Recent Times obits—which remain majority-male—have included reports on Francine Shapiro, “the developer of eye-movement therapy”; Valentina Cortese,“a leading Italian film actress”; and Vivian Perlis, an “oral historian of American music.”
However, in the distant and not-so-distant past, much like many other American institutions, the paper’s obituaries overwhelmingly favored dead white guys to exclusion of other deserving subjects who happened to be female and/or members of minority groups.
“Since 1851, obituaries in The New York Times have been dominated by white men,” reads the introduction to a Times obit feature titled “Overlooked,” which includes freshly-written appreciations of long-gone public figures whose accomplishments were ignored at the time of their deaths.
“Charlotte Bronte wrote ‘Jane Eyre’; Emily Warren Roebling oversaw construction of the Brooklyn Bridge when her husband fell ill; Madhubala transfixed Bollywood; Ida B. Wells campaigned against lynching. Yet all of their deaths went unremarked in our pages, until now,” the intro continues.
Among the other women receiving belated obits are Qiu Jin, “a feminist poet and revolutionary who became a martyr known as China’s ‘Joan of Arc’ ”; Mary Ewing Outerbridge, who “established what may have been America’s first tennis court in the 1870s”; iconic photographer Diane Arbus, “whose portraits have compelled or repelled generations of viewers”; and even famed writer Sylvia Plath, “a postwar poet unafraid to confront her own despair.”
“We’re trying to make up for lost time,” said a Times insider. “The people who have been left out include not only women and minority groups but all sorts of people who should have gotten obituaries but didn’t… It’s fair to say we are looking more carefully at how to be more inclusive, but if there’s a quota, nobody has told me about it.”
Yet the paper’s internal document describes the purpose of the Obits Diversity Analysis Tool as a “mission… to enhance the Obituaries desk’s efforts to reach gender parity.”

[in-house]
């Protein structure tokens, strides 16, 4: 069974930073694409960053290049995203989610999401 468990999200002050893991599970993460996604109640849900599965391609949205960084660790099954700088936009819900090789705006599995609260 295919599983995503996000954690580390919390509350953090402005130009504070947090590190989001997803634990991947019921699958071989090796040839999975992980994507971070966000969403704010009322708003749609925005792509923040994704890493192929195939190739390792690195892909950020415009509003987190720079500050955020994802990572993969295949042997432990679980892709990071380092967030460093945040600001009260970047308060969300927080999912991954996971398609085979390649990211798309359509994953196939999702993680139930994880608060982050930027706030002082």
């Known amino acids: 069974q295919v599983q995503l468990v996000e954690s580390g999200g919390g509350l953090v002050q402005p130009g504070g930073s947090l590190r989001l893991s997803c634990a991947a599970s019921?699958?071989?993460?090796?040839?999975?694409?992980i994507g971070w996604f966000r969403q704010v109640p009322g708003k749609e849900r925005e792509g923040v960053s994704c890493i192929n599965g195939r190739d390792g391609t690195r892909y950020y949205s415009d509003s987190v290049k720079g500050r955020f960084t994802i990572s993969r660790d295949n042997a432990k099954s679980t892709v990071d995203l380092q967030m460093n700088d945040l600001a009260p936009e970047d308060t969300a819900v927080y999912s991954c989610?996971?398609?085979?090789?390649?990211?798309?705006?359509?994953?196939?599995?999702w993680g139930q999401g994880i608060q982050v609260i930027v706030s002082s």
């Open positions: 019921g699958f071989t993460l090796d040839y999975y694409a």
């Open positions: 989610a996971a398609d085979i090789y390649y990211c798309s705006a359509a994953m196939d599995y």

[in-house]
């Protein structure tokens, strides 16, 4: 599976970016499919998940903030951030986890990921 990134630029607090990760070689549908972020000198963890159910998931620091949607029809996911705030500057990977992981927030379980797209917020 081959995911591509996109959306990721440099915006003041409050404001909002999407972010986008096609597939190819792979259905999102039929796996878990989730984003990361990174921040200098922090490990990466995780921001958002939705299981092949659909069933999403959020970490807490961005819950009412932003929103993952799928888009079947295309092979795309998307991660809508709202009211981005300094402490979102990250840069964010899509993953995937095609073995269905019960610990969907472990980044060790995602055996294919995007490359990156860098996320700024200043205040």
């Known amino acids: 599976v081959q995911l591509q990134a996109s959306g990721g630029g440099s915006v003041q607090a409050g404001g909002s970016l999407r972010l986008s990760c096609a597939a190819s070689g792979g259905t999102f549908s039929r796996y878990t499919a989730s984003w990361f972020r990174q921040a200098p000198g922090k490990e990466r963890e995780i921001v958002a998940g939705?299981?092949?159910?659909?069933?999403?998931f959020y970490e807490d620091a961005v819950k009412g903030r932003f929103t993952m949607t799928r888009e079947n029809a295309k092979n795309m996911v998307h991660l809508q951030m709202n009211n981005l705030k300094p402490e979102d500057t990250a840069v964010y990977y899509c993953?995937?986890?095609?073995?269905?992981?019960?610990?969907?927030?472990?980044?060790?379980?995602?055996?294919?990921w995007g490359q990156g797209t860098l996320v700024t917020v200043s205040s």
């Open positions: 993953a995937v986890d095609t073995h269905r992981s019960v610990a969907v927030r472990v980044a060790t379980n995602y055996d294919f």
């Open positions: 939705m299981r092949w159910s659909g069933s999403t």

“The dashboard tracks the daily and monthly breakdowns of published obituaries, allowing editors to visualize the gender disparity at large as well as drill down to individual days,” the description continues. “In addition, a primary focus of the dashboard is to provide a rough estimate of the percentage of obituaries needed to reach 30% of obituaries featuring women…
“[W]e wanted to focus on a project that would be immediately useful to the company at large while also improving the bottom line of diversity inside the company as well as the wider public,” the description adds. “As more and more decisions are decided with the rubric of data, we wanted to provide a concrete foundation for uplifting those historically marginalized individuals that have been traditionally overlooked…
“In future improvements, we would like to implement a deeper analysis of obituary subjects through a more rigorous intersectional lens to shed more light on the race, religion, and other facets by combining Wikipedia biographies with internal APIs”—that is, tech jargon for an “application programming interface” that allows different apps to communicate with one another.
“The paper at large is conscious of being representative of all kinds of folks, so the obits are part of that,” McDonald said. “There are people from all walks of life who read our paper, and I can understand the desire to see people who who may look like them…
“Of course we’re conscious of the desire to be as inclusive as we can, within the bounds of news judgment… You’re conscious of it but you’re not necessarily letting it dictate who you write about or don’t write about. It’s not a science, obviously. It’s a matter of news judgment.”